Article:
Newsflash:  It’s Winter.

Some will argue that this is not the case.

They will point to the calendar on the wall that says the Solstice is the first day of winter, usually on December 21.

This makes no sense.

The day where the light is the least of all days, followed by days of more light is not the dawn of winter. It’s the midpoint – a gentle nod to the teeny tiny glimmer of a Spring yet to come. Winter begins with the descent into darkness. It waxes, then wanes, much like the  crescent moon to the full moon and back.  The natural cycles and their cues point to the retracting of energy, the cold, the lack of blooms on the trees, the desire to stay in and be warm, to eat warm and fattier foods. This time of year cultivates reflection and restoration. Are you sleeping longer? Retiring earlier?  Are you being wise, or other-wise? Squandering or preserving your resources – your energy, your money?  Are you slowing down and surrendering to stillness, to deep listening (to yourself or others). Does this resonate?

Most important, are you resisting the natural rhythms of this time of year?  Resisting might come in the form of being distracted by the impending holidays, spending energy and money in a way that feels depleting. This time of year could be a great practice and cultivation of the ancient wisdom of the virtues of winter (see above).  There is a lot of imbalance in December, perhaps unnoticed, because with January comes the comments of how spent we now feel, and even glad that the holidays are over. Do you create the holidays as bah-humbug? Or do you use the time to practice happiness,  an intentional exercise of “I’m going to choose feel good regardless of my circumstance.” I read that genuine version of this feeling – one of connection and intentional happiness – is called “hygge” in Scandinavian cultures.  Scandinavians are some of the happiest people in the world according to the Gross National Happiness (GNH) index. So why is this “hygge” not the foundation of our culture, community, neighborhood and family?  Maybe it is for you, and if it is, I’d like to hear from you.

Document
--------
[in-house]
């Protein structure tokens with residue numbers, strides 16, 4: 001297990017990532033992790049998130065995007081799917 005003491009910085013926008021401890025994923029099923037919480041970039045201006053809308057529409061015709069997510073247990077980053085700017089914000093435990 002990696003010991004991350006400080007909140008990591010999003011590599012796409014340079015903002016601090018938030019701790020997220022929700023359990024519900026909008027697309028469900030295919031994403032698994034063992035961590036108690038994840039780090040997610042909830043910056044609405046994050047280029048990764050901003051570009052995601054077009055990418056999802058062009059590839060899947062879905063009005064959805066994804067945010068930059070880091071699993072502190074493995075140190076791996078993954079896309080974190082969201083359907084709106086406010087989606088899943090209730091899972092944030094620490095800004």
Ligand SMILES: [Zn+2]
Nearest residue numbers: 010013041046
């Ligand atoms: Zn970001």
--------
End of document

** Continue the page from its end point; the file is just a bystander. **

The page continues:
Confession: Christmas isn’t my thing. It’s not a holiday I look forward to. I don’t delight when the Christmas decor starts to surface just after Halloween.  My mood is further instituted by some relations who have adopted this less than enthusiastic view. They are not to blame for my pessimistic attitude as I’ve created my own flavor of bah humbug. My new family, in fact, LOVES this time of year. I imagined over the year that I’d soften, that anticipation would develop and root and I would blossom into the epitome of sunshine and good cheer as the holiday approached.  Instead, I am more aware (as are they) of the sardonic commentary that rolls around inside my head.  I am biting my tongue but wearing my disdain.  I am wishing for my year-long Scandinavian holiday.

Reality Check:  But, here it is. It’s about three weeks and a bit until December 25.  My inner critic is at the ready to make disparaging statements about the season, especially when I observe the lowest form of expression of the holidays. It used to be the waste, the environmental and social disasters that were amplified due to our excess spending on useless consumer goods.  Now, though, I’ve pared my distaste to the “useless goods”. This attitude of mine no fun for anyone in my wake, and honestly, this seasonal promotion doesn’t exactly make me happy either. Since reading about hygge, I realize what bothers me is that there is no staying power of the love-fest that happens leading up to, and surrounding Christmas.  From this perspective, I have broad-brushed the entire holiday season as a sham (unless you are non-secular and know the deeper meaning and stories of the origins of the celebration). Those who know me know that I look for substance. Everywhere. From shopping at grocery stores to all my cherished relationships. It’s difficult for me to be superficial, and this weighty presence is something that I’m aware of. It’s not what I’d call…light-hearted.

Newsflash:  I am the creator of my reality. As of this writing, and ONLY because I took the time through writing to sort this out (thanks for sticking with me!) I’m willingly, intentionally, investigating ways to use the gifts of Winter as the foundation to celebrate this time of year.  This will take practice. A lot of practice. I can easily and mindlessly slip into being a Holiday Hater.  Alas, like anything else I am in the practice of transforming, the meaning of the holiday (as in life) is what I make of it. I am taking my own medicine.

So there you have it: the antidote to my curmudgeonly attitude. I will use and cultivate the gifts of Winter. I will slow down, reflect, listen, and REALLY apply these to the holiday.  Perhaps if you are a Holiday Hater (HH), or even a Winter Hater (WH), this could transform your experience, too.